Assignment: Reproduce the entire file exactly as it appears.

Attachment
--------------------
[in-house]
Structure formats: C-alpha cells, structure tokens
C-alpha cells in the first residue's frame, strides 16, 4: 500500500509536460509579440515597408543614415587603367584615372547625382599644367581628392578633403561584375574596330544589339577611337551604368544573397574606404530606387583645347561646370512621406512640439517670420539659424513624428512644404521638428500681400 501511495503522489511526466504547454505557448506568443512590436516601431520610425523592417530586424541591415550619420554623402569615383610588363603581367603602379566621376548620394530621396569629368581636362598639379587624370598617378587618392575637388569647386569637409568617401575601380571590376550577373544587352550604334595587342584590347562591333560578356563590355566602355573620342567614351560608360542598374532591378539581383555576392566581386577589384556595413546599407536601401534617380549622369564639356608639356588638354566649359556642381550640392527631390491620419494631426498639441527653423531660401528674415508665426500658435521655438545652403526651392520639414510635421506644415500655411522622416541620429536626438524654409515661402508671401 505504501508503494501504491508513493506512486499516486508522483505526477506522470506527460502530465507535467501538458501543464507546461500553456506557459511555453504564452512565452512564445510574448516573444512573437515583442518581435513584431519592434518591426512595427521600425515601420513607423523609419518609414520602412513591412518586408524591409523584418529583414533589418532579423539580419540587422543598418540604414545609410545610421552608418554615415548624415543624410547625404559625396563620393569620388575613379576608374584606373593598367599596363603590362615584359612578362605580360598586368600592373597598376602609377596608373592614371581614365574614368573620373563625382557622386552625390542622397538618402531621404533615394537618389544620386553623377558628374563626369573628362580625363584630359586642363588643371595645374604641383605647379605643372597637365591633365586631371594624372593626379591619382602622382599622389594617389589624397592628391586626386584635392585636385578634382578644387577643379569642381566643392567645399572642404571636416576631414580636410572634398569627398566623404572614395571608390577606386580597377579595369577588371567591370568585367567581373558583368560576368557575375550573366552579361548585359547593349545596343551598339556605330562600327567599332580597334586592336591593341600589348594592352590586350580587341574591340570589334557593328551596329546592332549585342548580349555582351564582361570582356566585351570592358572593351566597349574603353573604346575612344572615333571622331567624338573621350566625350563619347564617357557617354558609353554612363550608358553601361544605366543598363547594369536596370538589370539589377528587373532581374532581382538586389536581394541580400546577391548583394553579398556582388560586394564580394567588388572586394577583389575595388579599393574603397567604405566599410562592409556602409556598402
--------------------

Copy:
[in-house]
Structure formats: C-alpha cells, structure tokens
C-alpha cells in the first residue's frame, strides 16, 4: 500500500509536460509579440515597408543614415587603367584615372547625382599644367581628392578633403561584375574596330544589339577611337551604368544573397574606404530606387583645347561646370512621406512640439517670420539659424513624428512644404521638428500681400 501511495503522489511526466504547454505557448506568443512590436516601431520610425523592417530586424541591415550619420554623402569615383610588363603581367603602379566621376548620394530621396569629368581636362598639379587624370598617378587618392575637388569647386569637409568617401575601380571590376550577373544587352550604334595587342584590347562591333560578356563590355566602355573620342567614351560608360542598374532591378539581383555576392566581386577589384556595413546599407536601401534617380549622369564639356608639356588638354566649359556642381550640392527631390491620419494631426498639441527653423531660401528674415508665426500658435521655438545652403526651392520639414510635421506644415500655411522622416541620429536626438524654409515661402508671401 505504501508503494501504491508513493506512486499516486508522483505526477506522470506527460502530465507535467501538458501543464507546461500553456506557459511555453504564452512565452512564445510574448516573444512573437515583442518581435513584431519592434518591426512595427521600425515601420513607423523609419518609414520602412513591412518586408524591409523584418529583414533589418532579423539580419540587422543598418540604414545609410545610421552608418554615415548624415543624410547625404559625396563620393569620388575613379576608374584606373593598367599596363603590362615584359612578362605580360598586368600592373597598376602609377596608373592614371581614365574614368573620373563625382557622386552625390542622397538618402531621404533615394537618389544620386553623377558628374563626369573628362580625363584630359586642363588643371595645374604641383605647379605643372597637365591633365586631371594624372593626379591619382602622382599622389594617389589624397592628391586626386584635392585636385578634382578644387577643379569642381566643392567645399572642404571636416576631414580636410572634398569627398566623404572614395571608390577606386580597377579595369577588371567591370568585367567581373558583368560576368557575375550573366552579361548585359547593349545596343551598339556605330562600327567599332580597334586592336591593341600589348594592352590586350580587341574591340570589334557593328551596329546592332549585342548580349555582351564582361570582356566585351570592358572593351566597349574603353573604346575612344572615333571622331567624338573621350566625350563619347564617357557617354558609353554612363550608358553601361544605366543598363547594369536596370538589370539589377528587373532581374532581382538586389536581394541580400546577391548583394553579398556582388560586394564580394567588388572586394577583389575595388579599393574603397567604405566599410562592409556602409556598402